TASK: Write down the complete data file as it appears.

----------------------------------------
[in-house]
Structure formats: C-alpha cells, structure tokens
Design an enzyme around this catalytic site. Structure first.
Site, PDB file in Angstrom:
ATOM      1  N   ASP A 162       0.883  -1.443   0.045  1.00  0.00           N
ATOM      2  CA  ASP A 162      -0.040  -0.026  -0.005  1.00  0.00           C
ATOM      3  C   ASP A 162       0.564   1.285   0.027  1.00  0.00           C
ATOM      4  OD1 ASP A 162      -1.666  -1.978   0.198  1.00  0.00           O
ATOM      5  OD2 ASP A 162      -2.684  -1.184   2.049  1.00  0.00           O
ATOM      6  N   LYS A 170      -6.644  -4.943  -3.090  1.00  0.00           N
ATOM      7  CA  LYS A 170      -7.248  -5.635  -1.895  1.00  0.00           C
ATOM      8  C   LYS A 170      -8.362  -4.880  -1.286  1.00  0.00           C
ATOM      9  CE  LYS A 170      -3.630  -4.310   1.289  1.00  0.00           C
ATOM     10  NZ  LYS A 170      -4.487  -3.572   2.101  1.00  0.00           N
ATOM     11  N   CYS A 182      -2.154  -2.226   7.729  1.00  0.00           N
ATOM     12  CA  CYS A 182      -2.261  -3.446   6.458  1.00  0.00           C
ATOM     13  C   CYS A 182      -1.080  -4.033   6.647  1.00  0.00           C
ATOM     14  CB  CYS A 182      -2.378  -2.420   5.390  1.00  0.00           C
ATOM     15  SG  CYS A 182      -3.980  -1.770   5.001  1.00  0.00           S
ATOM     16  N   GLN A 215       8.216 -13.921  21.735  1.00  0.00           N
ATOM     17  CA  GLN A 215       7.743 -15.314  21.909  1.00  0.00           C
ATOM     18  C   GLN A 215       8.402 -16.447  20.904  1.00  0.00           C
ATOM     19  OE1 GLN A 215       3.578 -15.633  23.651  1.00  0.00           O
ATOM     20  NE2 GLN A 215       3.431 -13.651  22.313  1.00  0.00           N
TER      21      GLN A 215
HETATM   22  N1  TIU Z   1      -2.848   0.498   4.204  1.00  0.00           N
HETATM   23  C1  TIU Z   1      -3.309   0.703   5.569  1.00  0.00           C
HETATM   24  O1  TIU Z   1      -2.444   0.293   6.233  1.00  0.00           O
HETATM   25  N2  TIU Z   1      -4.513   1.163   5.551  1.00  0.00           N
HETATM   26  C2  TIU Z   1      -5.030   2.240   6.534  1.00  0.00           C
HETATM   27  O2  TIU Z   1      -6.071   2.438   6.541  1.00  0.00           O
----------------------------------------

[in-house]
Structure formats: C-alpha cells, structure tokens
Design an enzyme around this catalytic site. Structure first.
Site, PDB file in Angstrom:
ATOM      1  N   ASP A 162       0.883  -1.443   0.045  1.00  0.00           N
ATOM      2  CA  ASP A 162      -0.040  -0.026  -0.005  1.00  0.00           C
ATOM      3  C   ASP A 162       0.564   1.285   0.027  1.00  0.00           C
ATOM      4  OD1 ASP A 162      -1.666  -1.978   0.198  1.00  0.00           O
ATOM      5  OD2 ASP A 162      -2.684  -1.184   2.049  1.00  0.00           O
ATOM      6  N   LYS A 170      -6.644  -4.943  -3.090  1.00  0.00           N
ATOM      7  CA  LYS A 170      -7.248  -5.635  -1.895  1.00  0.00           C
ATOM      8  C   LYS A 170      -8.362  -4.880  -1.286  1.00  0.00           C
ATOM      9  CE  LYS A 170      -3.630  -4.310   1.289  1.00  0.00           C
ATOM     10  NZ  LYS A 170      -4.487  -3.572   2.101  1.00  0.00           N
ATOM     11  N   CYS A 182      -2.154  -2.226   7.729  1.00  0.00           N
ATOM     12  CA  CYS A 182      -2.261  -3.446   6.458  1.00  0.00           C
ATOM     13  C   CYS A 182      -1.080  -4.033   6.647  1.00  0.00           C
ATOM     14  CB  CYS A 182      -2.378  -2.420   5.390  1.00  0.00           C
ATOM     15  SG  CYS A 182      -3.980  -1.770   5.001  1.00  0.00           S
ATOM     16  N   GLN A 215       8.216 -13.921  21.735  1.00  0.00           N
ATOM     17  CA  GLN A 215       7.743 -15.314  21.909  1.00  0.00           C
ATOM     18  C   GLN A 215       8.402 -16.447  20.904  1.00  0.00           C
ATOM     19  OE1 GLN A 215       3.578 -15.633  23.651  1.00  0.00           O
ATOM     20  NE2 GLN A 215       3.431 -13.651  22.313  1.00  0.00           N
TER      21      GLN A 215
HETATM   22  N1  TIU Z   1      -2.848   0.498   4.204  1.00  0.00           N
HETATM   23  C1  TIU Z   1      -3.309   0.703   5.569  1.00  0.00           C
HETATM   24  O1  TIU Z   1      -2.444   0.293   6.233  1.00  0.00           O
HETATM   25  N2  TIU Z   1      -4.513   1.163   5.551  1.00  0.00           N
HETATM   26  C2  TIU Z   1      -5.030   2.240   6.534  1.00  0.00           C
HETATM   27  O2  TIU Z   1      -6.071   2.438   6.541  1.00  0.00           O